It seems I’ve been on a big JRPG kick recently; chalk it up to having too much spare time on my hands thanks to shielding indoors from this never-ending global health crisis. Next on my very lengthy JRPGs list then is Rogue Galaxy.
Rogue Galaxy (PS2, PS4 [reviewed])
Released Dec 2005 | Developed: Level-5 | Published: Sony
For me, Rogue Galaxy’s story will always be one of the dangers of hype. I can remember reading about it in gaming magazines in the early aughts; I was still only a teenager, and having grown up on JRPGs I was super excited for another anime-inspired lengthy RPG to sink into. I’d been spoiled of course; the 90’s were a paradise for a JRPG fan, and as a PS1 and handheld kid I’d cut my teeth on Final Fantasy and Pokemon. The PS2 era was no slouch either, with Kingdom Hearts, Dragon Quest VIII, and yet more neverending Final Fantasy releases alongside plenty of other series. So it was no surprise that I was excited for Rogue Galaxy when I saw it splashed across the pages of magazines.
With its bright cel-shaded visuals and gorgeous science-fantasy aesthetic it looked absolutely perfect – but then, it didn’t come out. For years it seemed Rogue Galaxy showed up in these magazines again and again, each time teasing a release only for silence to fall and nothing to happen. Though it saw a 2005 release, it was in Japan only and although it seemed for a while like a worldwide release was sure to follow, once again it remained only in pages and pictures. It wouldn’t be until late 2007, the tail-end of the PS2’s life, that Rogue Galaxy finally released in the UK. The hype I felt was immense: finally I’d get to play this thing! But as we all know, hype is poisonous; avoiding it is the very essence of patient gaming, understanding that overhyping a game leads to nothing but disappointment.
After all that it should come as no surprise when I tell you that Rogue Galaxy in no way lived up to its hype.
Stop me if this plot sounds familiar at all. Our hero, Jaster Rogue, is a young lad who lives on a desert planet under the oppressive control of an evil galactic empire who deploy white-armoured stormtroopers to keep planets in line. Poor Jaster, tired of eking a life out amidst the sands, dreams wistfully of a life among the stars when one day a mysterious old man appears, saves his life from a monster attack, and then gives him a magical sword that can cut through basically anything before disappearing. Jaster is quickly found by Steve and Simon (great fantasy names there, can’t wait for Dave and Bob to show up and join the party), a comedy relief duo composed of a tall, camp robot and his squat, boisterous counterpart. The pair mistake Jaster for the legendary hero Desert Claw after he uses his new sword to carve up a giant monster and recruit him onto the Dorgenark, an interstellar ship of pirates and smugglers and with that Jaster finally takes to the stars.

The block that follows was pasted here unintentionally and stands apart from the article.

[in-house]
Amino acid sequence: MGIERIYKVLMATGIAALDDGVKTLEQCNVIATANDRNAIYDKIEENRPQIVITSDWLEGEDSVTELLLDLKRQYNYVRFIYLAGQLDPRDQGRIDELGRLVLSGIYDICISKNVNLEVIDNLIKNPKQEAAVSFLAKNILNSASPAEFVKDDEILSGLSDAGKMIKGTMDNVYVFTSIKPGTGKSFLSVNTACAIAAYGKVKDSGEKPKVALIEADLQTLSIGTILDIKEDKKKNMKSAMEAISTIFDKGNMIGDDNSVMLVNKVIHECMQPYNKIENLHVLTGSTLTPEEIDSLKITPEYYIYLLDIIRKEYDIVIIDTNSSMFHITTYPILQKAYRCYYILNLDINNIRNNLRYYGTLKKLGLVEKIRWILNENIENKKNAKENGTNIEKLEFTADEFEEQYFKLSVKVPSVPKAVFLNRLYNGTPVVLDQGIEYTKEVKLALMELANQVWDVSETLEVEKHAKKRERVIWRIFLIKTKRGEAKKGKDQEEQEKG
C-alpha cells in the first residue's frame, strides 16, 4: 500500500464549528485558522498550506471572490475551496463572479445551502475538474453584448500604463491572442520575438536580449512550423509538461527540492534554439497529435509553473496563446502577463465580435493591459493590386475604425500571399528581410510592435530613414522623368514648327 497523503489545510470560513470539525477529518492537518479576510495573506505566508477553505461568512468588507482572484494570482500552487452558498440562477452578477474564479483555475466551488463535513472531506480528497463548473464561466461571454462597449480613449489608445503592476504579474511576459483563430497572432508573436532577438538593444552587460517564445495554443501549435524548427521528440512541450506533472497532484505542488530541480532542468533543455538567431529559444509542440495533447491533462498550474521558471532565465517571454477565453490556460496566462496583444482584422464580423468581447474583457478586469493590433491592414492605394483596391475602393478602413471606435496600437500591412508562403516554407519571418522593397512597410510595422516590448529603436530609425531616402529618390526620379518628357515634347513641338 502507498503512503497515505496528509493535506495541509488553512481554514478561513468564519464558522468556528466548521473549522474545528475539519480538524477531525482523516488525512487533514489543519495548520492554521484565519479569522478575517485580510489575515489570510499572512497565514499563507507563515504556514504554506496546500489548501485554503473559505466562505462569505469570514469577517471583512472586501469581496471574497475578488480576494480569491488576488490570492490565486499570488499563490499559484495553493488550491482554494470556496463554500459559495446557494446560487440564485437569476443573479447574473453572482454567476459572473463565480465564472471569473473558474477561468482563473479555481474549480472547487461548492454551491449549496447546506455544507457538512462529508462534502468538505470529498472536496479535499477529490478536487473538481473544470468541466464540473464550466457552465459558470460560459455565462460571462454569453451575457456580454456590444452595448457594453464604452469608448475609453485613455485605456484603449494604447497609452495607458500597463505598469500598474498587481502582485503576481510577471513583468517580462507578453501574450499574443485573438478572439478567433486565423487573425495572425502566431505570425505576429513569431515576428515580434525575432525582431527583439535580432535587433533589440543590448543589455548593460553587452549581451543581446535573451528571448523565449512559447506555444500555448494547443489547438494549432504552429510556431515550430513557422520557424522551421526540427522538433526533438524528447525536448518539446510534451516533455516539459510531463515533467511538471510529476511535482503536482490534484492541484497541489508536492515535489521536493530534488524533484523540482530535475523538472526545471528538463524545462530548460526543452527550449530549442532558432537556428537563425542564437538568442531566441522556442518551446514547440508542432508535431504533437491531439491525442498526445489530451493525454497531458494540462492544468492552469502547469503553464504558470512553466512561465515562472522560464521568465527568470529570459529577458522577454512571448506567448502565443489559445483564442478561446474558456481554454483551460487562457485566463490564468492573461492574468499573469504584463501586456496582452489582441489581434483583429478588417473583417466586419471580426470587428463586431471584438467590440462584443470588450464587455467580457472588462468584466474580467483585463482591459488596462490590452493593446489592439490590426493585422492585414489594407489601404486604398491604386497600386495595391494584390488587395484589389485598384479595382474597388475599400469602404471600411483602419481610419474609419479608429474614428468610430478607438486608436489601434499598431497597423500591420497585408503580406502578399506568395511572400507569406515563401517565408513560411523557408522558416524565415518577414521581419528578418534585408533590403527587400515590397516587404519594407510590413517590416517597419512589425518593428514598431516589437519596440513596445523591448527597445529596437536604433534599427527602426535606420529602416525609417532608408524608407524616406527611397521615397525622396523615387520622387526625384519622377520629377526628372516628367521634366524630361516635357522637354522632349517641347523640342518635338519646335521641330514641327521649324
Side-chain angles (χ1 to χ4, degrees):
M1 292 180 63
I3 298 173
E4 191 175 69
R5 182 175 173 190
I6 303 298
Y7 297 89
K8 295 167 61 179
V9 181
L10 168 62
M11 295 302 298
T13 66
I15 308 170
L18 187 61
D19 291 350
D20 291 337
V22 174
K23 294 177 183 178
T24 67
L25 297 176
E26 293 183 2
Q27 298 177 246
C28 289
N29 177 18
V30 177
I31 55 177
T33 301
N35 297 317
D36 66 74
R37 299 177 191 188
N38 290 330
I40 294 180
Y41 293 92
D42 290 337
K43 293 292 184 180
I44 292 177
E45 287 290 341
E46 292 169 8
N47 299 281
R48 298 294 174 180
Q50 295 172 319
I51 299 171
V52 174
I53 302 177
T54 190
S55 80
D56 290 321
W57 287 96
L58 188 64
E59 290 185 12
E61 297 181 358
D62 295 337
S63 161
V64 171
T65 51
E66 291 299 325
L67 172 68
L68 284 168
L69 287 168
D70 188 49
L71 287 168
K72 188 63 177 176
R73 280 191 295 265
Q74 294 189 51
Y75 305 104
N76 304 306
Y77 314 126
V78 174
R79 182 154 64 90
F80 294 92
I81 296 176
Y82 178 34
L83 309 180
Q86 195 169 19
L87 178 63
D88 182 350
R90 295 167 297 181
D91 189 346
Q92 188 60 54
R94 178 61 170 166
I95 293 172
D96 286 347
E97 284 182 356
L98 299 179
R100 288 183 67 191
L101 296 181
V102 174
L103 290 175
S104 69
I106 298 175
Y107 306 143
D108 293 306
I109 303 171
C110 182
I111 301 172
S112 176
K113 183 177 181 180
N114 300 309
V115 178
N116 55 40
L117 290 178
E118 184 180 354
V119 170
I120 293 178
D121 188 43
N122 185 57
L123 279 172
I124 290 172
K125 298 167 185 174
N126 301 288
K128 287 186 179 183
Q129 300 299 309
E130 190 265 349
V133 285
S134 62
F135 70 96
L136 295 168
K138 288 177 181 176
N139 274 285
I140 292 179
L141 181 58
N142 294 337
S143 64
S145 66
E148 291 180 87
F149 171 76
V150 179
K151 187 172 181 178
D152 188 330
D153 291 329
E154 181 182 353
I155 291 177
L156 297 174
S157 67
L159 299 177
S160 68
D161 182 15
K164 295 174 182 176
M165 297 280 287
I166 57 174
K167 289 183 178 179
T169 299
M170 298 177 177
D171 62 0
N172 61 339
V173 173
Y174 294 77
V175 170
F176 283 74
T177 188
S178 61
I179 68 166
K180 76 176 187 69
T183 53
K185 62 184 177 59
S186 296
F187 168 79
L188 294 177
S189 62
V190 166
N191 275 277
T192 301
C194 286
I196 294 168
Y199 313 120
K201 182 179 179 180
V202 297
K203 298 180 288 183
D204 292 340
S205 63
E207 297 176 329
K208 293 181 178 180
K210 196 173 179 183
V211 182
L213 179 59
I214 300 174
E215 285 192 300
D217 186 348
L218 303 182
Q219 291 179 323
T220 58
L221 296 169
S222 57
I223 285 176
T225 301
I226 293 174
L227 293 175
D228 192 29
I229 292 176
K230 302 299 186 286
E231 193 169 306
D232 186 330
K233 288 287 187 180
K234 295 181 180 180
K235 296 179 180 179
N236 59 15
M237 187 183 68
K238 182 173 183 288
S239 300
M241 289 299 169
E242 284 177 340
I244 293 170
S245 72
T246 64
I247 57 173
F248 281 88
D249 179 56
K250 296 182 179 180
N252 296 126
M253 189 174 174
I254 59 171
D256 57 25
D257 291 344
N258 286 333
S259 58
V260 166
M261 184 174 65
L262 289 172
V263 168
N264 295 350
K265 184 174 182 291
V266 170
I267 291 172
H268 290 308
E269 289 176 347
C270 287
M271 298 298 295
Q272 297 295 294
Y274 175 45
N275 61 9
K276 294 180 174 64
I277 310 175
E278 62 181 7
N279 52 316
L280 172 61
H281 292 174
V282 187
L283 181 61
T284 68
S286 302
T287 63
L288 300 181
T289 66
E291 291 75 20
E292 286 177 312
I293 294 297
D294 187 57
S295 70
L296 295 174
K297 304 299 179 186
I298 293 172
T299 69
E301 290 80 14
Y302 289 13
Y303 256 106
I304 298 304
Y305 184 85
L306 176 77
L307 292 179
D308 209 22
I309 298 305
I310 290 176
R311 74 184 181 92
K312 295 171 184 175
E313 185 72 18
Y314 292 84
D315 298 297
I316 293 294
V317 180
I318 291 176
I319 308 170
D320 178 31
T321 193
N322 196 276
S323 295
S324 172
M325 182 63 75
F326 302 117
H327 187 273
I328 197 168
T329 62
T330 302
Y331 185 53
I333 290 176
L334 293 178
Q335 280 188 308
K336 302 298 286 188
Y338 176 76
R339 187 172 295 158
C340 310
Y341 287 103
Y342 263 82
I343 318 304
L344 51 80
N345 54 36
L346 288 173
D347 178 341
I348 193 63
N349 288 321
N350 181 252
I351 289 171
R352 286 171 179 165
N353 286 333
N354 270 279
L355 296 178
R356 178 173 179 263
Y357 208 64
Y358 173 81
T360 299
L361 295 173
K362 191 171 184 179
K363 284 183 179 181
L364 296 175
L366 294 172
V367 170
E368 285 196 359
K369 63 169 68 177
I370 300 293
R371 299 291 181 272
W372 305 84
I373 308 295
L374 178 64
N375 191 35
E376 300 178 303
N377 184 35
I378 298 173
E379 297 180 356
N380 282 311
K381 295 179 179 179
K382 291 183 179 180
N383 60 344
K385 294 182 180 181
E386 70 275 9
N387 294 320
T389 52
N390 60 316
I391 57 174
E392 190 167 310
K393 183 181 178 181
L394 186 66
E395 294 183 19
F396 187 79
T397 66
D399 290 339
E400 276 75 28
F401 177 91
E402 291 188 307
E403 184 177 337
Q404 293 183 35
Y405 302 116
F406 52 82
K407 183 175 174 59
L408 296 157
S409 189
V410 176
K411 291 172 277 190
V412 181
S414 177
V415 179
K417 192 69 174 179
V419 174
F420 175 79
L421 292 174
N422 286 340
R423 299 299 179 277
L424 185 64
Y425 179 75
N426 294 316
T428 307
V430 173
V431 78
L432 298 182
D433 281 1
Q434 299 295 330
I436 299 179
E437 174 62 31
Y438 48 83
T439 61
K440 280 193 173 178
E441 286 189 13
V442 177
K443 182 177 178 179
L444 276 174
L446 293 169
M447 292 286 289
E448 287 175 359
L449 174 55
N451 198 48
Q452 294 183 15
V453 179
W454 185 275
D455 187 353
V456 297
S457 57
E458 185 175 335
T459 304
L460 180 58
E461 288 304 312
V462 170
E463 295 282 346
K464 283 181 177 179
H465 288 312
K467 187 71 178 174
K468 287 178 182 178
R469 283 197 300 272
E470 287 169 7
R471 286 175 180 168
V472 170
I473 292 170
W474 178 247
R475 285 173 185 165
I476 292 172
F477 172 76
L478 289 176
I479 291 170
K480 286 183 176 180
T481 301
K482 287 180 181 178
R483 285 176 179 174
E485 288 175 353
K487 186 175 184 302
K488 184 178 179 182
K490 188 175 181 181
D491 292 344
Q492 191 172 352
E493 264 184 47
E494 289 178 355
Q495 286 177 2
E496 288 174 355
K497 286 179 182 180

If it all sounds a bit Star Wars, well you’re not far off the mark; just you wait until we get to the annoying reptile-like alien who speaks funny and always seems to piss you off regardless of what he does (regrettably I am not joking about the Jar-Jar analog). Rogue Galaxy definitely took a few cues from the world’s favourite science-fantasy space opera though it is decidedly more anime here. Once those opening beats are done with and the game begins to hit its stride it does move away from Star Wars but it settles instead into pretty generic beats. A weapons corporation stokes the fires of war between two galactic civilizations and amidst the turmoil the pirate captain Dorgengoa gathers onto his ship a crew of the finest hunters he can find. His plan: to find a fabled lost planet and plunder it for all its riches. Unfortunately for him, the aforementioned weapons corporation, Daytron, has had the same idea, and the two begin a race against one another to decipher ancient clues left across the system and chart a path to their goal.
Rogue Galaxy has a reasonably solid core plot but the execution sours things a little. As is so often the case, it’s not a totally poor showing but myriad little gripes cropped up as I played. The structure is almost episodic in nature, with each chapter having a singular objective but often it felt like the focus was lost as the crew bumble about on another escapade. The game repeatedly threatens to ramp up the intensity and then abruptly stops. This pattern is in place right from the start; our first chapter sets the scene as Jaster is mistaken for Desert Claw and escapes his home planet after saving the town and we get a rousing moment of preparation for exploring the galaxy before the ship suddenly crashes at the next planet over and we have to spend the next few hours dicking about in a jungle trying to find some fruit which is apparently a source of starship fuel. We arrive at a Coruscant-like ecumenopolis but then it turns out we simply need to fill out some travel paperwork and get thrown in prison for a pointless diversion. So much of the game feels afraid to advance the plot in any meaningful way, as if they were too committed to making a 40-hour JRPG that they couldn’t even consider the possibility of some smart editing.